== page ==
How-To Setup NVIDIA Docker and NGC Registry on your Workstation – Part 2 Docker and NVIDIA-Docker-v2

This post is where we get moving toward Docker joy. Well, OK, it’s where we get Docker and NVIDIA Docker v2, installed and working in a way that makes sense on a desktop or laptop workstation. The joy part may, or may not, happen for you. That depends on your taste, and whether or not you have suffered the pain of doing your own system administration work building, installing and configuring, possibly research quality, programs (“research quality” is a code phrase for ugly and nearly impossible to install). Of course, you will be trading that pain for the pain of learning and working with docker. My goal is to lessen that pain for you … and for myself!

Notice in the title that is says Part 2. That means there is a Part 1 that you might want to look at. How-To Setup NVIDIA Docker and NGC Registry on your Workstation – Part 1 Introduction and Base System Setup. Also, if you are new to docker and want to read a little about what motivated me to look at it, you can check out, Docker and NVIDIA-docker on your workstation: Motivation. That post and a series of posts after it were written about a year ago. Things have changed since then, enough to warrant doing a refresh. Also, the big motivator for me was using the nicely done collection of docker images in the NGC (NVIDIA GPU Cloud) docker registry. That is where we are headed. Using that docker repository on a “hands-on” machine was liberating. I used it on workstation system when I was testing the Titan V that really made me feel I should go through a detailed setup to help colleagues to take advantage of it. NVIDIA Titan V vs Titan Xp Preliminary Machine Learning and Simulation Tests.

How To Install Docker

The first thing we need to do is to get Docker Community Edition downloaded and installed. You might want to explore the Docker web site but be warned there is a lot of effort there to get you looking at Enterprise Edition. You don’t need that on a workstation! This split between a Community Edition and an Enterprise Edition is one of the changes since I had posted about docker a year ago. Docker Inc. is a commercial organization and provides valuable services, but docker remains open with a vibrant community. What I present below will get docker installed and tested on your workstation.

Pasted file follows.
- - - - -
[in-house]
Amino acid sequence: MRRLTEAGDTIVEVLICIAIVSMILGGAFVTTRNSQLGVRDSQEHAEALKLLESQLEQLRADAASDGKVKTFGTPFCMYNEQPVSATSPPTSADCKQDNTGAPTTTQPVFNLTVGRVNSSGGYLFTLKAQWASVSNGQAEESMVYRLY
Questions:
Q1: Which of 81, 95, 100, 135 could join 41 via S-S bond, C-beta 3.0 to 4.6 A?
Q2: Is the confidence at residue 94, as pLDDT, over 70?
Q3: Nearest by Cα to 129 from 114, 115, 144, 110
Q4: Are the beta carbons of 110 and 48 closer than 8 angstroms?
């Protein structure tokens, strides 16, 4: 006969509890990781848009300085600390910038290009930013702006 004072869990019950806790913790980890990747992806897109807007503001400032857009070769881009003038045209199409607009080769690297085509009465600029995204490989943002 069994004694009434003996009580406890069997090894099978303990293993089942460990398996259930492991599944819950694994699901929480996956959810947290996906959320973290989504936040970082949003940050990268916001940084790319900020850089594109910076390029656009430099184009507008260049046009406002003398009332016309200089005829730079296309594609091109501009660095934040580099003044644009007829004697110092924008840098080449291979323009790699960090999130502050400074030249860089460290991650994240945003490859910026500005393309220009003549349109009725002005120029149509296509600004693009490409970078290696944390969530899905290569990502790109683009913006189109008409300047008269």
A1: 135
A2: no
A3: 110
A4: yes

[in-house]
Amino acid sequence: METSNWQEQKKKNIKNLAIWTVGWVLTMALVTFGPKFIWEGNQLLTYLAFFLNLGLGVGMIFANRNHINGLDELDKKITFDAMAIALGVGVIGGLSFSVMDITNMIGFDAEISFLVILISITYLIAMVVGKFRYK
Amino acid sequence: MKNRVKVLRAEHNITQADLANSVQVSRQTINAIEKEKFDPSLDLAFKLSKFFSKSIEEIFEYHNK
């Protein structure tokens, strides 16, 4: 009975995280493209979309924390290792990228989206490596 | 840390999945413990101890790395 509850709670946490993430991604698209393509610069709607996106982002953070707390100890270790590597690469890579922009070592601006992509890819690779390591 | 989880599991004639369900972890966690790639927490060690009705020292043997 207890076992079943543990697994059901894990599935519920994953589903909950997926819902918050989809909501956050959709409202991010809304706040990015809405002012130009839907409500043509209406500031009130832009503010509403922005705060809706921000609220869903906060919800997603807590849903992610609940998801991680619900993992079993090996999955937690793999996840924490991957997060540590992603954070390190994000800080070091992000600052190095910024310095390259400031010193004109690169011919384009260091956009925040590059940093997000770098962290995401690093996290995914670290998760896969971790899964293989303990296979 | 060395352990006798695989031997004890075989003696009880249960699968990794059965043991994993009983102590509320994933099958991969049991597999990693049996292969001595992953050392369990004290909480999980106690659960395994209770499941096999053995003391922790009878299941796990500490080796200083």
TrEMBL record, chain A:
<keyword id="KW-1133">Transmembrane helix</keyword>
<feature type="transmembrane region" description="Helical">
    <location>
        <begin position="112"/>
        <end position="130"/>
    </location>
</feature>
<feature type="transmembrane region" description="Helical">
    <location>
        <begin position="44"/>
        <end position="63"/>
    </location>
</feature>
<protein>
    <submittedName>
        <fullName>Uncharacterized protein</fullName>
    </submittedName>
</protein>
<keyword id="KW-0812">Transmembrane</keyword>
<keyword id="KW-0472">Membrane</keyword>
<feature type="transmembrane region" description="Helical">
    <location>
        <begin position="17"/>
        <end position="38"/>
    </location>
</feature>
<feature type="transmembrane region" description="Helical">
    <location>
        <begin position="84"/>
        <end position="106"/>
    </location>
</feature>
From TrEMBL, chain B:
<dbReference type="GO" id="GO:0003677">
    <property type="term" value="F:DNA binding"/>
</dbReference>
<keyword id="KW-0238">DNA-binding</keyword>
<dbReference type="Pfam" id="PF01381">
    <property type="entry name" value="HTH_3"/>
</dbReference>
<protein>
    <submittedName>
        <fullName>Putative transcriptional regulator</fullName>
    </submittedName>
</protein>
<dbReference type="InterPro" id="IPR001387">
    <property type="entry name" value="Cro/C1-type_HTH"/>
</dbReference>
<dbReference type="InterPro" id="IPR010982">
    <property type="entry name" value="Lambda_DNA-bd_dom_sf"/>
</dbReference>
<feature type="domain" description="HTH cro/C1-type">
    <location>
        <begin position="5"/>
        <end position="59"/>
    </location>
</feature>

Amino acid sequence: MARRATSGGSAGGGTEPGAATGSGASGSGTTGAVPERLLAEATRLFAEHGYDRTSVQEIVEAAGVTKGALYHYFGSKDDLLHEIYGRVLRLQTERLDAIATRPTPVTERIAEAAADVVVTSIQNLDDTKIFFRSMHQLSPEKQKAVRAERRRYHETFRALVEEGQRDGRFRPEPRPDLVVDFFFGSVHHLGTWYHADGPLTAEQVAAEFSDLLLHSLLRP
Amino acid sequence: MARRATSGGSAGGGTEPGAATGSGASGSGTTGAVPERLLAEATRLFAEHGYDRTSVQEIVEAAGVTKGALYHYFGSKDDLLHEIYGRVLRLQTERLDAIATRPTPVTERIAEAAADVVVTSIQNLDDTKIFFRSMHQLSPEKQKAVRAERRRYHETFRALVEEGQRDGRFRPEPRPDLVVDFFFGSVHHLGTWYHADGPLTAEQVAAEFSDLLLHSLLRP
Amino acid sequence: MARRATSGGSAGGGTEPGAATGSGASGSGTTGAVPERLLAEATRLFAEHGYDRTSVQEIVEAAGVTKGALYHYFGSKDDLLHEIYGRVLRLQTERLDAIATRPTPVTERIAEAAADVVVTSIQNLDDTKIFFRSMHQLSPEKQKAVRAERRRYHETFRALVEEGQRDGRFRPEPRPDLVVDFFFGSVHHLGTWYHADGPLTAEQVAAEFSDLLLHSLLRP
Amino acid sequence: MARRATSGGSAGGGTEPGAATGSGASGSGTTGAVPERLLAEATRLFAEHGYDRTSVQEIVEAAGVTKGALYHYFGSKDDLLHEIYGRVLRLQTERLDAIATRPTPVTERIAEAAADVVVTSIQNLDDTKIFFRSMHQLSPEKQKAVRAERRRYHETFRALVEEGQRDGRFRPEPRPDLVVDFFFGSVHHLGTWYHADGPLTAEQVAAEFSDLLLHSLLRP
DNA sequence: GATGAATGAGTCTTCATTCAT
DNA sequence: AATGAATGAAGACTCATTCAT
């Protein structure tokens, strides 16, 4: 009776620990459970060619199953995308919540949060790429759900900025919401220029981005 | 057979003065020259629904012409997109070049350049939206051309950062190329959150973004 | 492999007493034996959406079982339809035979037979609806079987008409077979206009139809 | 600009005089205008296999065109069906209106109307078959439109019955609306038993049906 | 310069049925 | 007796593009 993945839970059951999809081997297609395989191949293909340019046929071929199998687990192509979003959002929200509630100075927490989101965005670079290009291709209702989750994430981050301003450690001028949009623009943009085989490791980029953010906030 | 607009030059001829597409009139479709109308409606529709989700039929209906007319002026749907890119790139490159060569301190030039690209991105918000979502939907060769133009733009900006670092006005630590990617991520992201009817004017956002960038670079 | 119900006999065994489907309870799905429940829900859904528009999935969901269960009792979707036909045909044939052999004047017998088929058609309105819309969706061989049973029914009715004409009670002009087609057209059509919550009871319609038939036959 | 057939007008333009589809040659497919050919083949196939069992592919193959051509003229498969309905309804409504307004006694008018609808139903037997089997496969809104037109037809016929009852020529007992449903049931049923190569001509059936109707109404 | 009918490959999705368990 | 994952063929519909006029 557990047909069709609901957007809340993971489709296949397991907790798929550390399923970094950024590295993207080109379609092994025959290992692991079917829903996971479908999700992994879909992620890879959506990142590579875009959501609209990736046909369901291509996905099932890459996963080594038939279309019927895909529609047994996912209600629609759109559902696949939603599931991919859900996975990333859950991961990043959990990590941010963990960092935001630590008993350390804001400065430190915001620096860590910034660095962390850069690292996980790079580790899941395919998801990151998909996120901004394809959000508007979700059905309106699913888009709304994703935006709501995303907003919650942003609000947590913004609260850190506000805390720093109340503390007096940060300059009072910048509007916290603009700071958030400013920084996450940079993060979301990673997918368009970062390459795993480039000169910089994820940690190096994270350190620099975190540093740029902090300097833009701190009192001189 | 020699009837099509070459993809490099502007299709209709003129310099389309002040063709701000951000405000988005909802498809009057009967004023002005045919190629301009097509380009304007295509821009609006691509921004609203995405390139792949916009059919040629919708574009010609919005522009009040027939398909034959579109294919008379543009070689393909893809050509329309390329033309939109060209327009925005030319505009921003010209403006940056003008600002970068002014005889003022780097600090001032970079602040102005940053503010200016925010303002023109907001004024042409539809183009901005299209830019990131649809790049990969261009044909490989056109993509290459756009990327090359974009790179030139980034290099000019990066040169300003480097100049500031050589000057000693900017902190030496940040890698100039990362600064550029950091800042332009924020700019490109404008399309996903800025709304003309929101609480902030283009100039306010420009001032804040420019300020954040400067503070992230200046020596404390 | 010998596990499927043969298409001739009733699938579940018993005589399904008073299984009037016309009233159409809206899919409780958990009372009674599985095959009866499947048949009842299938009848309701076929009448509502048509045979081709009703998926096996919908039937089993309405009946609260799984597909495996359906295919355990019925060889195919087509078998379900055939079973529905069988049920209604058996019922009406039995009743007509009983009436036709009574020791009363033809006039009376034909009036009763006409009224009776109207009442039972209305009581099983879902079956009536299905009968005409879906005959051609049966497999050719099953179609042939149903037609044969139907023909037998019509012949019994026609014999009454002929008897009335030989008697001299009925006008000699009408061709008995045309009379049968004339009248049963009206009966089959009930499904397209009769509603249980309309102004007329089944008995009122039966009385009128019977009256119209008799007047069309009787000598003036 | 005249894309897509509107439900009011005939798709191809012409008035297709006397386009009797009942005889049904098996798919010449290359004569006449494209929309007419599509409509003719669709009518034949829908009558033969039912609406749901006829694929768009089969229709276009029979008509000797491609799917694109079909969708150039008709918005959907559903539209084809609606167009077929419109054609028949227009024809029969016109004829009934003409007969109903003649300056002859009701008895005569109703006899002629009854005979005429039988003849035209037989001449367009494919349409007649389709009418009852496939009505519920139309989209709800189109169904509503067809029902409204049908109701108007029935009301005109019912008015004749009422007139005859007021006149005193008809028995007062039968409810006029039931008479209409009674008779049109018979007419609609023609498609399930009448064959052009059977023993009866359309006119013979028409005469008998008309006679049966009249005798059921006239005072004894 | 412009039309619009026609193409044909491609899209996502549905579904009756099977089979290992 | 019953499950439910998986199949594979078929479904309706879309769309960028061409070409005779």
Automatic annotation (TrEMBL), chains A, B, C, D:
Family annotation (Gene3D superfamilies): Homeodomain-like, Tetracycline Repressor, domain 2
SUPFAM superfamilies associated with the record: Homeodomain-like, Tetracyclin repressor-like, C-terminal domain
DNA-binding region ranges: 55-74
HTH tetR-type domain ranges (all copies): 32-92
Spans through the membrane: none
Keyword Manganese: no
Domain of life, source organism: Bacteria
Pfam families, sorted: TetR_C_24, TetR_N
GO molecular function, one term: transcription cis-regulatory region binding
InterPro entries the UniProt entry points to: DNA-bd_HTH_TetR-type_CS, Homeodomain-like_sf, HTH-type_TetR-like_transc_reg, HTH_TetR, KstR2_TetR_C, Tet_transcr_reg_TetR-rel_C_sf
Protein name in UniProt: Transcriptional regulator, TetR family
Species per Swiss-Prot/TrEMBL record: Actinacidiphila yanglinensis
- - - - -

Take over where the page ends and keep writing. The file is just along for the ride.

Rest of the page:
I am assuming you are doing this on an updated Ubuntu 16.04 system as I detailed in Part1. The following instructions should be robust enough that variations on that wont give you any trouble but, my assumption remains.

Remove old Docker versions

Things have changed so if you are on a system with an old docker install you should clean that up. (It wont hurt anything if you do this on a fresh installed system.) The new Docker is named docker-ce (ce == Community Edition).

sudo apt-get remove docker docker-engine

Configure the Docker-ce distribution repository

The following packages should already be installed but we’ll check to be sure they are.

sudo apt-get install apt-transport-https ca-certificates curl software-properties-common

Next add the GPG signature key for their repo.

curl -fsSL | sudo apt-key add -

Docker uses low-level kernel processes so it’s good to check the key to be sure you got the right thing.

sudo apt-key fingerprint 0EBFCD88

The command above will look up the proper key and you can check that it is correct. It output should look like,

pub   4096R/0EBFCD88 2017-02-22
     Key fingerprint = 9DC8 5822 9FC7 DD38 854A  E2D8 8D81 803C 0EBF CD88
uid                  Docker Release (CE deb) 
sub   4096R/F273FCD8 2017-02-22

Now add the repository,

sudo add-apt-repository "deb [arch=amd64] xenial stable"

I put xenial in the configuration line explicitly rather than relying on the output of lsb_release -cs. (xenial is Ubuntu 16.04)

[Note: I mentioned in Part 1 that I had successfully setup docker on the alpha release of Ubuntu 18.04. When I did that I used this same xenial repository. The most recent repository at this time is Artful 17.10. I looked at the .deb files for the stable releases and they appear to be the same. I don’t recommend that you try 18.04 until it is actually released, but it did work :-)]

Install docker-ce

Now that you have the repository the install is trivial and you will be able to install future updates from this repository too.

sudo apt-get update

sudo apt-get install docker-ce

Add your user name to the docker group

Since this is for your personal workstation you will want to be able to run docker without being root. (Latter we will add more usability with User Name Spaces) The command below will add your username to the docker group. You will need to logout and back in for this to take effect.

sudo usermod -aG docker your-user-name

Test the Docker install